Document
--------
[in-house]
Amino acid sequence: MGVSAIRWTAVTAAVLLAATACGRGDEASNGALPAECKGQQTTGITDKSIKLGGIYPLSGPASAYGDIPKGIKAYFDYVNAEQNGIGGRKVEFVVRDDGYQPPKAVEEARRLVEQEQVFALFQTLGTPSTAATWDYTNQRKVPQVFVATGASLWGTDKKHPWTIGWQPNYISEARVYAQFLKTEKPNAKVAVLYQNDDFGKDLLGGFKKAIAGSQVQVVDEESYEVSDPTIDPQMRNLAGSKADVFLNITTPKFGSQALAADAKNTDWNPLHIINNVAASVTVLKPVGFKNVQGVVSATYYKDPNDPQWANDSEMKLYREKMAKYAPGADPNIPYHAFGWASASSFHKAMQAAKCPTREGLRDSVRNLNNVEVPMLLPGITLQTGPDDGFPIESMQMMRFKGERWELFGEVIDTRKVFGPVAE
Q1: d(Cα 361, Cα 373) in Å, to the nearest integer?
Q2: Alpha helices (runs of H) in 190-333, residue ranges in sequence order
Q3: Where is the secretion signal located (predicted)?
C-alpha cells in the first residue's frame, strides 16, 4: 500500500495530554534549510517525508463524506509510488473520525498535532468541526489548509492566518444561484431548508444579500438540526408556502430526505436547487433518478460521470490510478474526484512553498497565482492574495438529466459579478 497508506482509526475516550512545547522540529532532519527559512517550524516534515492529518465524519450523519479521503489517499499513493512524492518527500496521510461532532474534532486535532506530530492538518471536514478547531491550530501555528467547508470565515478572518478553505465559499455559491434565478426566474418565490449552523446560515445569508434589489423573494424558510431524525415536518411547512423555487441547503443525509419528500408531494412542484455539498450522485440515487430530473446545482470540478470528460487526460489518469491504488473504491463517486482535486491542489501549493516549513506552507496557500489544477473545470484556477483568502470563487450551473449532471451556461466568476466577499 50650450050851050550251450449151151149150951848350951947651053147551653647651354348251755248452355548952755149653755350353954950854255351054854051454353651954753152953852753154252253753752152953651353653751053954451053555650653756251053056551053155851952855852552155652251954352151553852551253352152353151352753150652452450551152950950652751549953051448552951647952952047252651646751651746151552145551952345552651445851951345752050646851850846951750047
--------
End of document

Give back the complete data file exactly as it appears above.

[in-house]
Amino acid sequence: MGVSAIRWTAVTAAVLLAATACGRGDEASNGALPAECKGQQTTGITDKSIKLGGIYPLSGPASAYGDIPKGIKAYFDYVNAEQNGIGGRKVEFVVRDDGYQPPKAVEEARRLVEQEQVFALFQTLGTPSTAATWDYTNQRKVPQVFVATGASLWGTDKKHPWTIGWQPNYISEARVYAQFLKTEKPNAKVAVLYQNDDFGKDLLGGFKKAIAGSQVQVVDEESYEVSDPTIDPQMRNLAGSKADVFLNITTPKFGSQALAADAKNTDWNPLHIINNVAASVTVLKPVGFKNVQGVVSATYYKDPNDPQWANDSEMKLYREKMAKYAPGADPNIPYHAFGWASASSFHKAMQAAKCPTREGLRDSVRNLNNVEVPMLLPGITLQTGPDDGFPIESMQMMRFKGERWELFGEVIDTRKVFGPVAE
Q1: d(Cα 361, Cα 373) in Å, to the nearest integer?
Q2: Alpha helices (runs of H) in 190-333, residue ranges in sequence order
Q3: Where is the secretion signal located (predicted)?
C-alpha cells in the first residue's frame, strides 16, 4: 500500500495530554534549510517525508463524506509510488473520525498535532468541526489548509492566518444561484431548508444579500438540526408556502430526505436547487433518478460521470490510478474526484512553498497565482492574495438529466459579478 497508506482509526475516550512545547522540529532532519527559512517550524516534515492529518465524519450523519479521503489517499499513493512524492518527500496521510461532532474534532486535532506530530492538518471536514478547531491550530501555528467547508470565515478572518478553505465559499455559491434565478426566474418565490449552523446560515445569508434589489423573494424558510431524525415536518411547512423555487441547503443525509419528500408531494412542484455539498450522485440515487430530473446545482470540478470528460487526460489518469491504488473504491463517486482535486491542489501549493516549513506552507496557500489544477473545470484556477483568502470563487450551473449532471451556461466568476466577499 50650450050851050550251450449151151149150951848350951947651053147551653647651354348251755248452355548952755149653755350353954950854255351054854051454353651954753152953852753154252253753752152953651353653751053954451053555650653756251053056551053155851952855852552155652251954352151553852551253352152353151352753150652452450551152950950652751549953051448552951647952952047252651646751651746151552145551952345552651445851951345752050646851850846951750047